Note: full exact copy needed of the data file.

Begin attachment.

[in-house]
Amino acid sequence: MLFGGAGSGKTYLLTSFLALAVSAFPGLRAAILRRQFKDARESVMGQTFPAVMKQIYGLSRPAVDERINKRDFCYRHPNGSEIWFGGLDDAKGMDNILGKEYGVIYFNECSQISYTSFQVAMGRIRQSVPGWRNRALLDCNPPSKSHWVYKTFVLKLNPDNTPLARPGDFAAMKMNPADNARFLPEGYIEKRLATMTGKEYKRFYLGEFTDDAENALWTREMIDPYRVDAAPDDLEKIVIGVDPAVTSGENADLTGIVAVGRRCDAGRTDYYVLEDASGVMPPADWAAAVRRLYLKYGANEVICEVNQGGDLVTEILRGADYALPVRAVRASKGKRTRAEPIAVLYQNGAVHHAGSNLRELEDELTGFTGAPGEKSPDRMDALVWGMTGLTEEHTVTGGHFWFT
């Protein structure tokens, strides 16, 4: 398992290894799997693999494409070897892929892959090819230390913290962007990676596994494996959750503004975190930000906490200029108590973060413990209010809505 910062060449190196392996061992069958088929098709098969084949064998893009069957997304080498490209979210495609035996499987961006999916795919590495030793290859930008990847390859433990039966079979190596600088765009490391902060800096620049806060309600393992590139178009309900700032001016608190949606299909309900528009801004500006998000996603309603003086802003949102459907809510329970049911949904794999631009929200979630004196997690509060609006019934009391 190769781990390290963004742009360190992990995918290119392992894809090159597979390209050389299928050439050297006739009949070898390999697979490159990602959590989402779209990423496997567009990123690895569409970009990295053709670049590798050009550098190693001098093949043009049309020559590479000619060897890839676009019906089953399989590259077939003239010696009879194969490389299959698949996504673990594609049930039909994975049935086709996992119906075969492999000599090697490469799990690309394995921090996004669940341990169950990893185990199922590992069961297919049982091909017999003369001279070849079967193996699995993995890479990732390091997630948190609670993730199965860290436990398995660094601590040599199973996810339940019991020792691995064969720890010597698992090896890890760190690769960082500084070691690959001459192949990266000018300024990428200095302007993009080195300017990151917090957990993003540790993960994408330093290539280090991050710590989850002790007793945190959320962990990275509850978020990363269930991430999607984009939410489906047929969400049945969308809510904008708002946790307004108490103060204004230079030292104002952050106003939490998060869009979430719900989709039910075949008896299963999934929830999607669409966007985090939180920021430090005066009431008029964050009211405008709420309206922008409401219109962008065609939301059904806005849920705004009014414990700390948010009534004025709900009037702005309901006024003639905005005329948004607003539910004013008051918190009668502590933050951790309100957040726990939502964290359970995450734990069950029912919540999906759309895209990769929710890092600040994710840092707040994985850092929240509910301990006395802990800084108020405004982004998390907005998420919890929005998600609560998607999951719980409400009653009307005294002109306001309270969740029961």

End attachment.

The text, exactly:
[in-house]
Amino acid sequence: MLFGGAGSGKTYLLTSFLALAVSAFPGLRAAILRRQFKDARESVMGQTFPAVMKQIYGLSRPAVDERINKRDFCYRHPNGSEIWFGGLDDAKGMDNILGKEYGVIYFNECSQISYTSFQVAMGRIRQSVPGWRNRALLDCNPPSKSHWVYKTFVLKLNPDNTPLARPGDFAAMKMNPADNARFLPEGYIEKRLATMTGKEYKRFYLGEFTDDAENALWTREMIDPYRVDAAPDDLEKIVIGVDPAVTSGENADLTGIVAVGRRCDAGRTDYYVLEDASGVMPPADWAAAVRRLYLKYGANEVICEVNQGGDLVTEILRGADYALPVRAVRASKGKRTRAEPIAVLYQNGAVHHAGSNLRELEDELTGFTGAPGEKSPDRMDALVWGMTGLTEEHTVTGGHFWFT
């Protein structure tokens, strides 16, 4: 398992290894799997693999494409070897892929892959090819230390913290962007990676596994494996959750503004975190930000906490200029108590973060413990209010809505 910062060449190196392996061992069958088929098709098969084949064998893009069957997304080498490209979210495609035996499987961006999916795919590495030793290859930008990847390859433990039966079979190596600088765009490391902060800096620049806060309600393992590139178009309900700032001016608190949606299909309900528009801004500006998000996603309603003086802003949102459907809510329970049911949904794999631009929200979630004196997690509060609006019934009391 190769781990390290963004742009360190992990995918290119392992894809090159597979390209050389299928050439050297006739009949070898390999697979490159990602959590989402779209990423496997567009990123690895569409970009990295053709670049590798050009550098190693001098093949043009049309020559590479000619060897890839676009019906089953399989590259077939003239010696009879194969490389299959698949996504673990594609049930039909994975049935086709996992119906075969492999000599090697490469799990690309394995921090996004669940341990169950990893185990199922590992069961297919049982091909017999003369001279070849079967193996699995993995890479990732390091997630948190609670993730199965860290436990398995660094601590040599199973996810339940019991020792691995064969720890010597698992090896890890760190690769960082500084070691690959001459192949990266000018300024990428200095302007993009080195300017990151917090957990993003540790993960994408330093290539280090991050710590989850002790007793945190959320962990990275509850978020990363269930991430999607984009939410489906047929969400049945969308809510904008708002946790307004108490103060204004230079030292104002952050106003939490998060869009979430719900989709039910075949008896299963999934929830999607669409966007985090939180920021430090005066009431008029964050009211405008709420309206922008409401219109962008065609939301059904806005849920705004009014414990700390948010009534004025709900009037702005309901006024003639905005005329948004607003539910004013008051918190009668502590933050951790309100957040726990939502964290359970995450734990069950029912919540999906759309895209990769929710890092600040994710840092707040994985850092929240509910301990006395802990800084108020405004982004998390907005998420919890929005998600609560998607999951719980409400009653009307005294002109306001309270969740029961």